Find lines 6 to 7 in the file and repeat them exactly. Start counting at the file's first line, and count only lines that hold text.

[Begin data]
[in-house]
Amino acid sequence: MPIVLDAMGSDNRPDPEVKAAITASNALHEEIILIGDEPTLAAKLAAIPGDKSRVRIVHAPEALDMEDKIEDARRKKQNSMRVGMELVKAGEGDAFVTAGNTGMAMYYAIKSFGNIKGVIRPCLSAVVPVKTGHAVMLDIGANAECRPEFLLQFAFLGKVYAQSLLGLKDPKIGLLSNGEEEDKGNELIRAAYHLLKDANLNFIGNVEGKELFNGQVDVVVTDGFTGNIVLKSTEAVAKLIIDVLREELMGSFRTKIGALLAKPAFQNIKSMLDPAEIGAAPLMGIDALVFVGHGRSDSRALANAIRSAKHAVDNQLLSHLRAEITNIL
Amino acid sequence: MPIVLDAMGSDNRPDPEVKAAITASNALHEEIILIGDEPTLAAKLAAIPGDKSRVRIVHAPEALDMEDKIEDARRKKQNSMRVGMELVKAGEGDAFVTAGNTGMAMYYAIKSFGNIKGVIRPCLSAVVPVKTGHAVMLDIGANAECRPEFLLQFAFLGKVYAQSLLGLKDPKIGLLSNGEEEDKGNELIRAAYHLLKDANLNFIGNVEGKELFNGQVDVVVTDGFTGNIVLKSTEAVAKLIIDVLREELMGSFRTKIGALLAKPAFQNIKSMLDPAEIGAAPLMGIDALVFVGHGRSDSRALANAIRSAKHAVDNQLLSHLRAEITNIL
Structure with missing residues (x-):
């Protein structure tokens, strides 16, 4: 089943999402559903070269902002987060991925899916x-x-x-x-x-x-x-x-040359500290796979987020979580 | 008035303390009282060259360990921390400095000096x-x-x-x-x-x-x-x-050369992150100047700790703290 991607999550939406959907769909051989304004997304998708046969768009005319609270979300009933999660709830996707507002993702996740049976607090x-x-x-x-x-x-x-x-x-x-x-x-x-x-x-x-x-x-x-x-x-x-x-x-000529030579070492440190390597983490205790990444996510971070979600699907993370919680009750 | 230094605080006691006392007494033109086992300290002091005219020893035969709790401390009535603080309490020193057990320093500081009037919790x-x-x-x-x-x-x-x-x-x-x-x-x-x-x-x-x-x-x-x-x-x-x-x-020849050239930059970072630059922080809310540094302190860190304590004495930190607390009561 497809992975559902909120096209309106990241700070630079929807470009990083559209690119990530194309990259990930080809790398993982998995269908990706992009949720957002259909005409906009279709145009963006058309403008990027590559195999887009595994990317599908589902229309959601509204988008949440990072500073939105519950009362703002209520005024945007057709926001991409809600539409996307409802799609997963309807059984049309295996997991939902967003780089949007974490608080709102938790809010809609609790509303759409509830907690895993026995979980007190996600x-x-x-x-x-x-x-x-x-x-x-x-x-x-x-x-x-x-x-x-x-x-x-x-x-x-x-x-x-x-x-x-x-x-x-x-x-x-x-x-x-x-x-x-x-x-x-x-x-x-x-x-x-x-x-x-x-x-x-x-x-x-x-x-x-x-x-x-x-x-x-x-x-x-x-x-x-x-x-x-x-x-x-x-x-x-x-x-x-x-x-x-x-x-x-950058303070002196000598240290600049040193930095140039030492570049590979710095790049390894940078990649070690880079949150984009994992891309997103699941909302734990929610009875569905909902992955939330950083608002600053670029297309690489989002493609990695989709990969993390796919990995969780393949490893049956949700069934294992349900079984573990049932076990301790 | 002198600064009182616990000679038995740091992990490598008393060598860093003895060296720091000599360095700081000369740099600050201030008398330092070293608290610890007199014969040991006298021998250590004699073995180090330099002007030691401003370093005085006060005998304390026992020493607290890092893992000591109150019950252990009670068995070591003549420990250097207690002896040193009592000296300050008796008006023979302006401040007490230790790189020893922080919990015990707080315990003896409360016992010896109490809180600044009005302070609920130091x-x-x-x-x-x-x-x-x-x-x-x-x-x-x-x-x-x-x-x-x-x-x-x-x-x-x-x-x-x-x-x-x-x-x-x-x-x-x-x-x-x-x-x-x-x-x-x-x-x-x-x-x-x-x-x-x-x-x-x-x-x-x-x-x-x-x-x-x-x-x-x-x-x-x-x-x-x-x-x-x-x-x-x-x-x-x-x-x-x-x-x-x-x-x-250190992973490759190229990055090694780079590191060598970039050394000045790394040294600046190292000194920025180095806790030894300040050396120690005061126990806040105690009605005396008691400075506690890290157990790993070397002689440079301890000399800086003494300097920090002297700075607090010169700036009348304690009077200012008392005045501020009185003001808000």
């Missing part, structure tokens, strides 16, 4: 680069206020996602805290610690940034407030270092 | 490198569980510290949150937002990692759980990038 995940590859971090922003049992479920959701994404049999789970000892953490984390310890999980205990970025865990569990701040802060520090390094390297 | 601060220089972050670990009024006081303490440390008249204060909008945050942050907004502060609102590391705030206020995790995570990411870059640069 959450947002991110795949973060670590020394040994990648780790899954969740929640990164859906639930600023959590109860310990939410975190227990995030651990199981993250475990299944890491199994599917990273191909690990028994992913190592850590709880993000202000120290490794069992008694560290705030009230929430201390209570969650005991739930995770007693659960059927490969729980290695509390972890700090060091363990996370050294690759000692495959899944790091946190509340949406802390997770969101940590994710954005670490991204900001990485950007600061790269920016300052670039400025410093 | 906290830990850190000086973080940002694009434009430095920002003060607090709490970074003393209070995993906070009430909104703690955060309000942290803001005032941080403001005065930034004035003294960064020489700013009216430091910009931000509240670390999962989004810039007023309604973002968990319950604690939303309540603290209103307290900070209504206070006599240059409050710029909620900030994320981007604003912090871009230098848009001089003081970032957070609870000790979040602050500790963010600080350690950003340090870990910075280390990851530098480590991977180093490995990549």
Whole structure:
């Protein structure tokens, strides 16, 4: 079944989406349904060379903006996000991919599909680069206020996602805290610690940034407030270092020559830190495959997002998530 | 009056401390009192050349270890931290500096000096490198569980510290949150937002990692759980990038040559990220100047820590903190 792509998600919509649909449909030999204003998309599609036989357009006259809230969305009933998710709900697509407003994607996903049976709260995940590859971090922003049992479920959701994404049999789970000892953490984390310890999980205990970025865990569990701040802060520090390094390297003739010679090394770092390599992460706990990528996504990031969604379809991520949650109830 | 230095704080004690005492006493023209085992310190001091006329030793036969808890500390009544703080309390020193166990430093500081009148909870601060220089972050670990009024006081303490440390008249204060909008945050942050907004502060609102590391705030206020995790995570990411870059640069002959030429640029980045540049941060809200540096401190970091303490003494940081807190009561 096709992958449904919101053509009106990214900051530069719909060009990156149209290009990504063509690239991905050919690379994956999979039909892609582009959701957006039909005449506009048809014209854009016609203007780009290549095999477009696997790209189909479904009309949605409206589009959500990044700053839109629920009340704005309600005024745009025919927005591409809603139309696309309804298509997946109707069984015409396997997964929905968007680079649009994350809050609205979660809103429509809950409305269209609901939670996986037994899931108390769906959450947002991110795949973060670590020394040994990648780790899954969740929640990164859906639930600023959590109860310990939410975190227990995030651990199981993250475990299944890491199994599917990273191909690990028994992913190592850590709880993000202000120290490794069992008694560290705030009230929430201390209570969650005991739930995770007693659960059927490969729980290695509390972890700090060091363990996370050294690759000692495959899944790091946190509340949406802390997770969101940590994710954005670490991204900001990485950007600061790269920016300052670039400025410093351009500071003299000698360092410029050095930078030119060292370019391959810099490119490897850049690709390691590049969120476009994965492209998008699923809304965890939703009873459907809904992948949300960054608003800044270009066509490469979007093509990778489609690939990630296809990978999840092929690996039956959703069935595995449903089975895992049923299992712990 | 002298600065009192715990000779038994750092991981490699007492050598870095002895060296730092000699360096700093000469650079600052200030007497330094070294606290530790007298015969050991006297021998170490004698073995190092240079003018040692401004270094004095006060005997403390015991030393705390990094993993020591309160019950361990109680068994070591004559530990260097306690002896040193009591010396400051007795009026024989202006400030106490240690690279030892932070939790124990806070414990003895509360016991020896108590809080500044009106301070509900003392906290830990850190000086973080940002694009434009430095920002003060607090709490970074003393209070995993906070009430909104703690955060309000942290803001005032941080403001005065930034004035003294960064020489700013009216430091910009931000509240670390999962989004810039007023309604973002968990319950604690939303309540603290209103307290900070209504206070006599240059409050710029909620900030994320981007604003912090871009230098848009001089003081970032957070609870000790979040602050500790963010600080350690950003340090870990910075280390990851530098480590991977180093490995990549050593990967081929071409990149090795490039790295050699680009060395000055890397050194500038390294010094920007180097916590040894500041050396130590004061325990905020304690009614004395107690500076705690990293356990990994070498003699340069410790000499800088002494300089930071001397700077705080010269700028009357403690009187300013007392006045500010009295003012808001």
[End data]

């Missing part, structure tokens, strides 16, 4: 680069206020996602805290610690940034407030270092 | 490198569980510290949150937002990692759980990038 995940590859971090922003049992479920959701994404049999789970000892953490984390310890999980205990970025865990569990701040802060520090390094390297 | 601060220089972050670990009024006081303490440390008249204060909008945050942050907004502060609102590391705030206020995790995570990411870059640069 959450947002991110795949973060670590020394040994990648780790899954969740929640990164859906639930600023959590109860310990939410975190227990995030651990199981993250475990299944890491199994599917990273191909690990028994992913190592850590709880993000202000120290490794069992008694560290705030009230929430201390209570969650005991739930995770007693659960059927490969729980290695509390972890700090060091363990996370050294690759000692495959899944790091946190509340949406802390997770969101940590994710954005670490991204900001990485950007600061790269920016300052670039400025410093 | 906290830990850190000086973080940002694009434009430095920002003060607090709490970074003393209070995993906070009430909104703690955060309000942290803001005032941080403001005065930034004035003294960064020489700013009216430091910009931000509240670390999962989004810039007023309604973002968990319950604690939303309540603290209103307290900070209504206070006599240059409050710029909620900030994320981007604003912090871009230098848009001089003081970032957070609870000790979040602050500790963010600080350690950003340090870990910075280390990851530098480590991977180093490995990549």
Whole structure: